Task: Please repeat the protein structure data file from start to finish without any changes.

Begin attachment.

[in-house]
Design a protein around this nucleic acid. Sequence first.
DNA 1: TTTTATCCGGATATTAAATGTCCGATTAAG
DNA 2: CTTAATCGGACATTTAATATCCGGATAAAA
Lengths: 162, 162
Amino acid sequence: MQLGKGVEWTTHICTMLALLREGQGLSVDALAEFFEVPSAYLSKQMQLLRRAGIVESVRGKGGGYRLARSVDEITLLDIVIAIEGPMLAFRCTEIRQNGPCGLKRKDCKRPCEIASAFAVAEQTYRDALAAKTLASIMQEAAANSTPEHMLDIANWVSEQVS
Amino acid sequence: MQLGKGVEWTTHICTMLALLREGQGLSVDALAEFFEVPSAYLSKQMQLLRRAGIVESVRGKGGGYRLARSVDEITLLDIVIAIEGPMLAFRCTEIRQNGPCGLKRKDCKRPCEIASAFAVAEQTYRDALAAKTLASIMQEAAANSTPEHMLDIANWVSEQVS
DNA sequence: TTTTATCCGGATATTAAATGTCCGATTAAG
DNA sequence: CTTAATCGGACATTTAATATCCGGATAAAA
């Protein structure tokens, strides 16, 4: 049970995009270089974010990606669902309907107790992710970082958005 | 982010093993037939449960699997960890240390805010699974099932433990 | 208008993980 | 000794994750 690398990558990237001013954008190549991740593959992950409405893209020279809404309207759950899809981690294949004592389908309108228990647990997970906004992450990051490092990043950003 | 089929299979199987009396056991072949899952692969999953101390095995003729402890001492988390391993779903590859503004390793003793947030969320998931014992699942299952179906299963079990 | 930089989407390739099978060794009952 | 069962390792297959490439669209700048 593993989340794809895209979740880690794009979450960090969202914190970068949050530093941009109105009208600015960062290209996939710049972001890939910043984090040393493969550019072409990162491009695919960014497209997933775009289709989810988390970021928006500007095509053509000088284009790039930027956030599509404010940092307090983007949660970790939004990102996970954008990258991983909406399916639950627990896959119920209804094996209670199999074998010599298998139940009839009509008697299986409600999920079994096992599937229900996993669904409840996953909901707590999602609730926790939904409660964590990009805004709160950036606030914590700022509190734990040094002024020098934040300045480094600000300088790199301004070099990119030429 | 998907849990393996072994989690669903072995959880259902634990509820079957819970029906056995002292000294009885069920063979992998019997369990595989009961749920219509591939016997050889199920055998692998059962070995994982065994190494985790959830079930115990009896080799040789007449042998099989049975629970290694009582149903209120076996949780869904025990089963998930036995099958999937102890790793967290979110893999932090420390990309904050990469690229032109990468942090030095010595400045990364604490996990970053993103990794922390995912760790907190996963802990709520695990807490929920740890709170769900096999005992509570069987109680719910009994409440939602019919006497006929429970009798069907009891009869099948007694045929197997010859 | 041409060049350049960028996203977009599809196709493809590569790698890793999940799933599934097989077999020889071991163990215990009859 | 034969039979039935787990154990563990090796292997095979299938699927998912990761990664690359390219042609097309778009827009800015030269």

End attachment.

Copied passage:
[in-house]
Design a protein around this nucleic acid. Sequence first.
DNA 1: TTTTATCCGGATATTAAATGTCCGATTAAG
DNA 2: CTTAATCGGACATTTAATATCCGGATAAAA
Lengths: 162, 162
Amino acid sequence: MQLGKGVEWTTHICTMLALLREGQGLSVDALAEFFEVPSAYLSKQMQLLRRAGIVESVRGKGGGYRLARSVDEITLLDIVIAIEGPMLAFRCTEIRQNGPCGLKRKDCKRPCEIASAFAVAEQTYRDALAAKTLASIMQEAAANSTPEHMLDIANWVSEQVS
Amino acid sequence: MQLGKGVEWTTHICTMLALLREGQGLSVDALAEFFEVPSAYLSKQMQLLRRAGIVESVRGKGGGYRLARSVDEITLLDIVIAIEGPMLAFRCTEIRQNGPCGLKRKDCKRPCEIASAFAVAEQTYRDALAAKTLASIMQEAAANSTPEHMLDIANWVSEQVS
DNA sequence: TTTTATCCGGATATTAAATGTCCGATTAAG
DNA sequence: CTTAATCGGACATTTAATATCCGGATAAAA
């Protein structure tokens, strides 16, 4: 049970995009270089974010990606669902309907107790992710970082958005 | 982010093993037939449960699997960890240390805010699974099932433990 | 208008993980 | 000794994750 690398990558990237001013954008190549991740593959992950409405893209020279809404309207759950899809981690294949004592389908309108228990647990997970906004992450990051490092990043950003 | 089929299979199987009396056991072949899952692969999953101390095995003729402890001492988390391993779903590859503004390793003793947030969320998931014992699942299952179906299963079990 | 930089989407390739099978060794009952 | 069962390792297959490439669209700048 593993989340794809895209979740880690794009979450960090969202914190970068949050530093941009109105009208600015960062290209996939710049972001890939910043984090040393493969550019072409990162491009695919960014497209997933775009289709989810988390970021928006500007095509053509000088284009790039930027956030599509404010940092307090983007949660970790939004990102996970954008990258991983909406399916639950627990896959119920209804094996209670199999074998010599298998139940009839009509008697299986409600999920079994096992599937229900996993669904409840996953909901707590999602609730926790939904409660964590990009805004709160950036606030914590700022509190734990040094002024020098934040300045480094600000300088790199301004070099990119030429 | 998907849990393996072994989690669903072995959880259902634990509820079957819970029906056995002292000294009885069920063979992998019997369990595989009961749920219509591939016997050889199920055998692998059962070995994982065994190494985790959830079930115990009896080799040789007449042998099989049975629970290694009582149903209120076996949780869904025990089963998930036995099958999937102890790793967290979110893999932090420390990309904050990469690229032109990468942090030095010595400045990364604490996990970053993103990794922390995912760790907190996963802990709520695990807490929920740890709170769900096999005992509570069987109680719910009994409440939602019919006497006929429970009798069907009891009869099948007694045929197997010859 | 041409060049350049960028996203977009599809196709493809590569790698890793999940799933599934097989077999020889071991163990215990009859 | 034969039979039935787990154990563990090796292997095979299938699927998912990761990664690359390219042609097309778009827009800015030269």